Being left out of your parent’s will is a difficult pill to swallow. People are free to dispose of their property through a will as they see fit. Only spouses have some statutory protection against being cut-off from the other spouse’s will. If you are the child that has been cut-off from a parent’s will, what should you do? There are time sensitive steps you should take to understand what has happened, and if possible, contest the will. Note, that only family has the power to contest a will.
Obtain a copy of the will
The deceased person or testator who created the will has the final say on who gets what of his or her property. If the will has changed, it could be perfectly legitimate or have been done under duress or diminished mental capacity. The executor will be able to provide you with any previous versions of the will and a list of assets. If you cannot obtain a copy of the will before it enters probate, you are able to receive a copy from the probate or surrogate’s court.
Is it worth the legal fight?
Contesting a will is expensive. Carefully weigh the potential reward to the actual cost. If you think a will contest will cost $5,000, budget $15,000 and determine if the fight makes financial sense. If the gift is $10,000, you’ll end up with a legal bill and no money. An estate lawyer can tell you under what circumstances a will can be challenged and how your circumstances would be interpreted by the courts and laws in New York. You must consider the value of the claim over its costs and be comfortable with the loss of attorney’s fees and court costs, which are separate and apart from the lawyer’s fee.
Contest the will in court
If you have grounds to challenge the will, your lawyer will file a will contest petition with the Surrogate’s Court, the court in New York State that is authorized to hear such cases and decide the outcome of challenges to wills. The objective of a will contest is to invalidate the current will and enforce a previous will that listed you as a beneficiary. If the current will is invalidated, and there is no other will, disposition of the decedent’s estate will be made according to New York State’s intestacy laws. Intestacy is the process of disposing of a decedent’s assets when they die without a will. The burden of proof, to demonstrate that a current will is invalid, is on the challenger of the will.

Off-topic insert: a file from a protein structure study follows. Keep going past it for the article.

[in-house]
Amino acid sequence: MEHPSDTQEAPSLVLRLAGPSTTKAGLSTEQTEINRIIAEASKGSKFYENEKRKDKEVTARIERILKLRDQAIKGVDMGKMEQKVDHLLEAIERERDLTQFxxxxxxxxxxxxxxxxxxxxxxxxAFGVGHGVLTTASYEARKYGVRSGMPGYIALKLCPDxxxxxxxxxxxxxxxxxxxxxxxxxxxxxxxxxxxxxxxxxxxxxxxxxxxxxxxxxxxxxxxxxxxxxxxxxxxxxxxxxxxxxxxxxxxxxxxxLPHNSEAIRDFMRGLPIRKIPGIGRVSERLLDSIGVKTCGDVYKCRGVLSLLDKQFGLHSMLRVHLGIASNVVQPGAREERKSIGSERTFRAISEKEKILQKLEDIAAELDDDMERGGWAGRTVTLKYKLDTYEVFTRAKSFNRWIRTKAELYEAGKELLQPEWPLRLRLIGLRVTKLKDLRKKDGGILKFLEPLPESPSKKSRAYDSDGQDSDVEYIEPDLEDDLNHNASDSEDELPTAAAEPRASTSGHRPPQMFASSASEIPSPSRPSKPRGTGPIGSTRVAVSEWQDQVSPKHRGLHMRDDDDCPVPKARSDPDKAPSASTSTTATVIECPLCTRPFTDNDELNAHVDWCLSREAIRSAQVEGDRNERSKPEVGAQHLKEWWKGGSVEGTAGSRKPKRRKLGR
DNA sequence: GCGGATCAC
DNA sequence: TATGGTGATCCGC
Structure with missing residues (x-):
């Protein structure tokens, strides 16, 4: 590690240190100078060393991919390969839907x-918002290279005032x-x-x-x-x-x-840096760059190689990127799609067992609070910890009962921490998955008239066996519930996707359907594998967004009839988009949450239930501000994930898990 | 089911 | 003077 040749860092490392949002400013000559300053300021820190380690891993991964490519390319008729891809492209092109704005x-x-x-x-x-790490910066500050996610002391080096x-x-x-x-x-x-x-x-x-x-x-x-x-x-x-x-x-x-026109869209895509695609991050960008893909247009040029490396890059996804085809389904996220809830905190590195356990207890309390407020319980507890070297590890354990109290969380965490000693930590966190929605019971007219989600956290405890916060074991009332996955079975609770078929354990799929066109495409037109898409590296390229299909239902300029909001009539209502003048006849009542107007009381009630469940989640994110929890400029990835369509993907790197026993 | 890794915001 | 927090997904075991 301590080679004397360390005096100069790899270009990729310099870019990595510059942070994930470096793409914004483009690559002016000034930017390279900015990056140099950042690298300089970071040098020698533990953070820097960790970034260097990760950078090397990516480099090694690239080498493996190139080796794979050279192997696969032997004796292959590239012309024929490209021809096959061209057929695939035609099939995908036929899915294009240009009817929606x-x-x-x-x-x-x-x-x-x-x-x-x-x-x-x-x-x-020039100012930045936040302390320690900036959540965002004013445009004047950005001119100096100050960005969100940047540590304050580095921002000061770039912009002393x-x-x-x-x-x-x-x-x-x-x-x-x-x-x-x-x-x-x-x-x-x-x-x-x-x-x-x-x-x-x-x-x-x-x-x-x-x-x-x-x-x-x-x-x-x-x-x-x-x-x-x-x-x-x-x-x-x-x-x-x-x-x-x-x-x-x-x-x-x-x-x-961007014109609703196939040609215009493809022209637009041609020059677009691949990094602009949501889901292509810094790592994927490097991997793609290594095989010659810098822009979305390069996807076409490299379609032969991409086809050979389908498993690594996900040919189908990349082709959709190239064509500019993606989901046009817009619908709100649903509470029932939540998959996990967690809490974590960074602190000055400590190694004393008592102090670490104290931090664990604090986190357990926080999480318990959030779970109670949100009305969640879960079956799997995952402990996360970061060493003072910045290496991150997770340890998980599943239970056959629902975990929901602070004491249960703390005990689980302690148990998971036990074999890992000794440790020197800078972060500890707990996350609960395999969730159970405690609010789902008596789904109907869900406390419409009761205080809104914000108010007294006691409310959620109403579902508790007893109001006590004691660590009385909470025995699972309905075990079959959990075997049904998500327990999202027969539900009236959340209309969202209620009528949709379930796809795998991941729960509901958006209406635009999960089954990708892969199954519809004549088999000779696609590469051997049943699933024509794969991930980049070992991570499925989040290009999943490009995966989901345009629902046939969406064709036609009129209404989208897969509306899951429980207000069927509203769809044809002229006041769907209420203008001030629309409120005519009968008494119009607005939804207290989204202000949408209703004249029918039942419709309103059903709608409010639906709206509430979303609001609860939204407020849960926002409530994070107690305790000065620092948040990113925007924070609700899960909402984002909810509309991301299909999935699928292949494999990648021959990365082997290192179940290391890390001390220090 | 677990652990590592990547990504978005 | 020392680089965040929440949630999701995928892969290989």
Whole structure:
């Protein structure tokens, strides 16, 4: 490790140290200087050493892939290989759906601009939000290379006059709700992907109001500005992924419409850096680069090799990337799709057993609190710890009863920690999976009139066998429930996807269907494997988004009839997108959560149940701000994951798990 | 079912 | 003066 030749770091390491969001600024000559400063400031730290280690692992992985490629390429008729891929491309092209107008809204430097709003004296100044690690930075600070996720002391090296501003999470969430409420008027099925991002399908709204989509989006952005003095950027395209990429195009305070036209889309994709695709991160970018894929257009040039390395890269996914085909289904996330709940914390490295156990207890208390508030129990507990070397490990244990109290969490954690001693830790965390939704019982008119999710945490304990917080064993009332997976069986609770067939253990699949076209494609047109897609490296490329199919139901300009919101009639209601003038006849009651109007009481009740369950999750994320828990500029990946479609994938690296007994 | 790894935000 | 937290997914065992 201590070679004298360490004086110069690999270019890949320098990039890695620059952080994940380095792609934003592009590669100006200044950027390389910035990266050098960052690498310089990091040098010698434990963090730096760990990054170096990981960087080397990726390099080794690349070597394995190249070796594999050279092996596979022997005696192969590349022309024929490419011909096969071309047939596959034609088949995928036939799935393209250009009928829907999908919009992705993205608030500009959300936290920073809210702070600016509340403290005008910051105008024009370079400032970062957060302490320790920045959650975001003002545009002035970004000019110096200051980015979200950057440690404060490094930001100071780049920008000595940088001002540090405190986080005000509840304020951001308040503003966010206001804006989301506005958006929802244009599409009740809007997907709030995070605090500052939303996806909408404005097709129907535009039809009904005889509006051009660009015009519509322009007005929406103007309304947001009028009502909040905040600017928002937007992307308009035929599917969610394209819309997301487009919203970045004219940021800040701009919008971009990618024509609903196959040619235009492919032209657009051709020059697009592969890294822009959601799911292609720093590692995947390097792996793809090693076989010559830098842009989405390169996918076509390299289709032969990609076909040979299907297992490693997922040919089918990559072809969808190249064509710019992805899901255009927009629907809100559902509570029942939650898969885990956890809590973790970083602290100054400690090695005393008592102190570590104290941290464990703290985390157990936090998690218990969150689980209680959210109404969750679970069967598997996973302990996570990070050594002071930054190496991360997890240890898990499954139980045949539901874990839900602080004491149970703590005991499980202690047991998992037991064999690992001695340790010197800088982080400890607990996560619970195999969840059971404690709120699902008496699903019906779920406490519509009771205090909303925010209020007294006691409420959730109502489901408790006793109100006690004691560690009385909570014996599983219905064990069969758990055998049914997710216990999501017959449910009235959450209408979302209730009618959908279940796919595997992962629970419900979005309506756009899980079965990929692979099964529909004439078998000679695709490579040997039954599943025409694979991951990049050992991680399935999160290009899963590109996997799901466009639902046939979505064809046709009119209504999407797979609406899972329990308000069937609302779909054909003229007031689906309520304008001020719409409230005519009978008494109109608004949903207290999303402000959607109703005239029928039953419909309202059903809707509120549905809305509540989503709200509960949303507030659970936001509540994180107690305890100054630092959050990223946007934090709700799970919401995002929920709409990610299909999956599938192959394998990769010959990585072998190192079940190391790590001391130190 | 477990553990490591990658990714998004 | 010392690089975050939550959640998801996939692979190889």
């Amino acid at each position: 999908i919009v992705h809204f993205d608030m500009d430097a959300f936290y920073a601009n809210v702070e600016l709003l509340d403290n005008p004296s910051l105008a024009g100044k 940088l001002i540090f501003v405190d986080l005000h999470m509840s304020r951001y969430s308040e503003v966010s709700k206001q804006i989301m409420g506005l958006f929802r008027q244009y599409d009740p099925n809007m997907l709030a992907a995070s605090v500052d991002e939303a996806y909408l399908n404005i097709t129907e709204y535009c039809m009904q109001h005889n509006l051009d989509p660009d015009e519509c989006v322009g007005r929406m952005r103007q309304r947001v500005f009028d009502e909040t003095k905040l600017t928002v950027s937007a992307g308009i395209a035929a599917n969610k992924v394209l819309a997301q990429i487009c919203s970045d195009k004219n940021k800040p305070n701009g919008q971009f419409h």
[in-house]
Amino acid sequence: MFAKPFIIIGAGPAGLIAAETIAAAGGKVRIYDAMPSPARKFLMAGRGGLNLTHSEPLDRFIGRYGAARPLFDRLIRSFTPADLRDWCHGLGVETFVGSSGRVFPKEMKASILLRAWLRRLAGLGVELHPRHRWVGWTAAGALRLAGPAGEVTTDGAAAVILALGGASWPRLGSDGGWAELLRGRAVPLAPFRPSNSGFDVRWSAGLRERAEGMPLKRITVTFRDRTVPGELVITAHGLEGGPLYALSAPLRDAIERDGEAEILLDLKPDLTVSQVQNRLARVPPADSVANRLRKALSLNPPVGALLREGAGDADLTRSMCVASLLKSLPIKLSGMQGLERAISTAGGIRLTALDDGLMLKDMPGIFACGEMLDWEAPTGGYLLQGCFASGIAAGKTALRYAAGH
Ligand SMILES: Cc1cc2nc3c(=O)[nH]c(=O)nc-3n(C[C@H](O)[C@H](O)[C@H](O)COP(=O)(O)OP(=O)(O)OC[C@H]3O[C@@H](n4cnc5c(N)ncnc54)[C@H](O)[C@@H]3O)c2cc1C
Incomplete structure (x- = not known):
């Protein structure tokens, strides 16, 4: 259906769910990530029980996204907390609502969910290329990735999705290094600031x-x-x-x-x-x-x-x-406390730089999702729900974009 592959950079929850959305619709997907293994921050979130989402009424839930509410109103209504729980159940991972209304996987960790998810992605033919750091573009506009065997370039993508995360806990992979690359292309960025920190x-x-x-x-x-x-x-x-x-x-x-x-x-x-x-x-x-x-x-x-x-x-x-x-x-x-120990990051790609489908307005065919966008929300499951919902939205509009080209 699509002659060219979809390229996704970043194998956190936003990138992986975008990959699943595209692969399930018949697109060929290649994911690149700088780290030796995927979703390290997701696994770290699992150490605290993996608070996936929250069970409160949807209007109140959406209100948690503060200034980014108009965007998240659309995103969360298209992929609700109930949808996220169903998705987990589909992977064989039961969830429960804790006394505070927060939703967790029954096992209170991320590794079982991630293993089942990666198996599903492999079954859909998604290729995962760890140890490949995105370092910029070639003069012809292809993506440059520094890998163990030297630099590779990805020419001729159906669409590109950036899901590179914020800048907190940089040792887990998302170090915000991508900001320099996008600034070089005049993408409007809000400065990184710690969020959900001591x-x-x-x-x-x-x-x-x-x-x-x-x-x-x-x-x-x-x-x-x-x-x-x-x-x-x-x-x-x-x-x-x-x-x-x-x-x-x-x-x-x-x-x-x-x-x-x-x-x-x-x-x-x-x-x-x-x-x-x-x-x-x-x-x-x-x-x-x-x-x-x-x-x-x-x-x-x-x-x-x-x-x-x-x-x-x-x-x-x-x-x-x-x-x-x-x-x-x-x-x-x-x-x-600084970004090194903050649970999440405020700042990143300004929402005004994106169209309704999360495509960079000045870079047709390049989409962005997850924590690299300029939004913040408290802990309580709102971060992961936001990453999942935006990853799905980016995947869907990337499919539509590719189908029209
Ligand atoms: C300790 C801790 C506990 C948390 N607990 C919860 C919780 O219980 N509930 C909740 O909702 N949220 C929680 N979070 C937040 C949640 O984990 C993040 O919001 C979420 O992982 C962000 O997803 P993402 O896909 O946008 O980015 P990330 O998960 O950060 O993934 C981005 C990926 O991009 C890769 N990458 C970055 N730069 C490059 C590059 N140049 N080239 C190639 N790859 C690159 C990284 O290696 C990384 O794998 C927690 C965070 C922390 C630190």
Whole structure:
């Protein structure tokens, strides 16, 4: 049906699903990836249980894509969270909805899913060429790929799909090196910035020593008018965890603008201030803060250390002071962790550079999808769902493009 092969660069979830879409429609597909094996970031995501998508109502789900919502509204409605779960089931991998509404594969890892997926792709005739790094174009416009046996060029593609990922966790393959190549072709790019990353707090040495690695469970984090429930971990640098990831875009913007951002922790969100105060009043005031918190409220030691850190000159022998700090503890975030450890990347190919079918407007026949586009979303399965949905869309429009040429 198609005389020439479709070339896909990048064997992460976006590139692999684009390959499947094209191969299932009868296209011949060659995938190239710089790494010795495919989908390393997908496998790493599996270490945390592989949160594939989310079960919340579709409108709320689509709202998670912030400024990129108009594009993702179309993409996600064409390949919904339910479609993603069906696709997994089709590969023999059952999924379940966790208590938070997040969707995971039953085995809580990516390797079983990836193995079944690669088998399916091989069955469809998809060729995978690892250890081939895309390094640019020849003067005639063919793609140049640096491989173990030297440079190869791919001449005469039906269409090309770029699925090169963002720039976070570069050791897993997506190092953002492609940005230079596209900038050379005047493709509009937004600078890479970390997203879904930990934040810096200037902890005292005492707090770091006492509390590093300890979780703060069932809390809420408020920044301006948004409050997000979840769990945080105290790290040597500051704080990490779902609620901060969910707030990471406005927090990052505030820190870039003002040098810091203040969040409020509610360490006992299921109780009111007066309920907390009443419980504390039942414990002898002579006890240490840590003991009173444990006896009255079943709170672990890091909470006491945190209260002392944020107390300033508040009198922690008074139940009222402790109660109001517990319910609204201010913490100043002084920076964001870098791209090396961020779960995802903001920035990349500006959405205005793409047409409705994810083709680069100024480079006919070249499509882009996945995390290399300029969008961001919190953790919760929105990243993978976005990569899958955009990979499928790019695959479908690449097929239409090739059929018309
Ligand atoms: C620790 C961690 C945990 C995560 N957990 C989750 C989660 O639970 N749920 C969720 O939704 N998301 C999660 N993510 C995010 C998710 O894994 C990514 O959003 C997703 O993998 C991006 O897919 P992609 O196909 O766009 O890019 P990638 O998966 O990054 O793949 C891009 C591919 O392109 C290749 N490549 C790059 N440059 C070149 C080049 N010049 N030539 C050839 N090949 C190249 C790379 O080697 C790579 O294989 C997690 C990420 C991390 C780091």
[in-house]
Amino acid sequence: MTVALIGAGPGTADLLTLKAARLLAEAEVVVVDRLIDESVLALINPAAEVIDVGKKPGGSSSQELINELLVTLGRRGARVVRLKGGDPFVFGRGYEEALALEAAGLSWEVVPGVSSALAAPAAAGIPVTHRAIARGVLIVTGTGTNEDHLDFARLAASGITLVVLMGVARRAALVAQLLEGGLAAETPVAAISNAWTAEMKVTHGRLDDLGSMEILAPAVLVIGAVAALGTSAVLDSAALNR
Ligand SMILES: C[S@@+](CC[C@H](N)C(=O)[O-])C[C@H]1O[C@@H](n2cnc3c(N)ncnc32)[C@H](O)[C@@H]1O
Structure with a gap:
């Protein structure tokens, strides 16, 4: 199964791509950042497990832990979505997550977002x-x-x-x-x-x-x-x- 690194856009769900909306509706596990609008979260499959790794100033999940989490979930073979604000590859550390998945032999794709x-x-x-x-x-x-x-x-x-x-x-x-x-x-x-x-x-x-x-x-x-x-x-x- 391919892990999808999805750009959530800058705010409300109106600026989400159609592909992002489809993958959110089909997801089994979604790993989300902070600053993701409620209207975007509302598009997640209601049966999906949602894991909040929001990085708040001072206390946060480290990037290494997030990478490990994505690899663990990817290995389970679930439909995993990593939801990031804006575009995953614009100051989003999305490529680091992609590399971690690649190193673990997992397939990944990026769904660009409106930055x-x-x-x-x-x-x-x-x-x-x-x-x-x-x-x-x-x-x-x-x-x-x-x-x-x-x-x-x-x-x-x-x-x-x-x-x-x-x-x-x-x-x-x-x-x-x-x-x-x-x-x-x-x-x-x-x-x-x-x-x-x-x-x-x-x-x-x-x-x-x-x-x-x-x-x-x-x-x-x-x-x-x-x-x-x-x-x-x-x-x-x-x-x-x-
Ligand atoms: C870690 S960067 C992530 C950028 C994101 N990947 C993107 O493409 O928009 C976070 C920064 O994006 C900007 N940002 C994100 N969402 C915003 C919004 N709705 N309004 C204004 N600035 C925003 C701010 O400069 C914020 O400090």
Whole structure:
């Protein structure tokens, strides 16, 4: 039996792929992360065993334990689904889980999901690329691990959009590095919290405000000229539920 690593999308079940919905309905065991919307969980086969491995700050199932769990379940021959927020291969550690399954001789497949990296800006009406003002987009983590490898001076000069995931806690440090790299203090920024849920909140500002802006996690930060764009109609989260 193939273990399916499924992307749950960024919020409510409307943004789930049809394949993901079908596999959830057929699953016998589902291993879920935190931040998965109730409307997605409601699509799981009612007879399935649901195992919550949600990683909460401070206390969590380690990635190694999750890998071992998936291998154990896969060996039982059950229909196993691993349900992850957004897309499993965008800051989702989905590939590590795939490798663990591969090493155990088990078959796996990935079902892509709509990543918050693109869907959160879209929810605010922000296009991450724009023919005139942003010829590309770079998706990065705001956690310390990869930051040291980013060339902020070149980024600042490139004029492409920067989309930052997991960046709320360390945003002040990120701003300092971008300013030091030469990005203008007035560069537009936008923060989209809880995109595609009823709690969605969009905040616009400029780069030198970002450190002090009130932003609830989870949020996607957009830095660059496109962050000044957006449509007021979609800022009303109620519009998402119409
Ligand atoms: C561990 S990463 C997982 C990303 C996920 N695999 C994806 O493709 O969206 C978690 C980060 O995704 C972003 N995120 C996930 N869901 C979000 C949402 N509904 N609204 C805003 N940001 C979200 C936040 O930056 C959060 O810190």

Consider alternative means to resolve a will contest
The affected parties can consent to mediation to resolve in a dispute involving a will content. Mediation is a method parties can utilize to resolve a dispute out of court by having a mediator, a neutral third party, help the parties reach a consensus on a settlement that dramatically decreases the attorney’s fees and costs involving with challenging a will. Make sure you discuss mediation with an estate planning lawyer to understand if the option is available to you.